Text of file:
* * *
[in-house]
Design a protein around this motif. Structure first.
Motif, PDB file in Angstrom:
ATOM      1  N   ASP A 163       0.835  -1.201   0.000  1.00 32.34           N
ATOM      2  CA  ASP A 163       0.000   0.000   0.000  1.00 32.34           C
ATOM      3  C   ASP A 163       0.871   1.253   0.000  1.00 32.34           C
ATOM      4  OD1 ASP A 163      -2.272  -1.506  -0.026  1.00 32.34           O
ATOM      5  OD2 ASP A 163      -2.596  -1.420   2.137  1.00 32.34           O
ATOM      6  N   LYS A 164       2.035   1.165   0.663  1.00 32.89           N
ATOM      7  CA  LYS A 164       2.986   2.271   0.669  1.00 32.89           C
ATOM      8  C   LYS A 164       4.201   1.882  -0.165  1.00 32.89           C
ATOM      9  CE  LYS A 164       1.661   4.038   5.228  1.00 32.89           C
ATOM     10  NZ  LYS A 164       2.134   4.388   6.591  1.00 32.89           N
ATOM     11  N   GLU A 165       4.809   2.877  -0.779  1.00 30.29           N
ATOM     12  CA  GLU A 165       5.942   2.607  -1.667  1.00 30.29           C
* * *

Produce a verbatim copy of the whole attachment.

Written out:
[in-house]
Design a protein around this motif. Structure first.
Motif, PDB file in Angstrom:
ATOM      1  N   ASP A 163       0.835  -1.201   0.000  1.00 32.34           N
ATOM      2  CA  ASP A 163       0.000   0.000   0.000  1.00 32.34           C
ATOM      3  C   ASP A 163       0.871   1.253   0.000  1.00 32.34           C
ATOM      4  OD1 ASP A 163      -2.272  -1.506  -0.026  1.00 32.34           O
ATOM      5  OD2 ASP A 163      -2.596  -1.420   2.137  1.00 32.34           O
ATOM      6  N   LYS A 164       2.035   1.165   0.663  1.00 32.89           N
ATOM      7  CA  LYS A 164       2.986   2.271   0.669  1.00 32.89           C
ATOM      8  C   LYS A 164       4.201   1.882  -0.165  1.00 32.89           C
ATOM      9  CE  LYS A 164       1.661   4.038   5.228  1.00 32.89           C
ATOM     10  NZ  LYS A 164       2.134   4.388   6.591  1.00 32.89           N
ATOM     11  N   GLU A 165       4.809   2.877  -0.779  1.00 30.29           N
ATOM     12  CA  GLU A 165       5.942   2.607  -1.667  1.00 30.29           C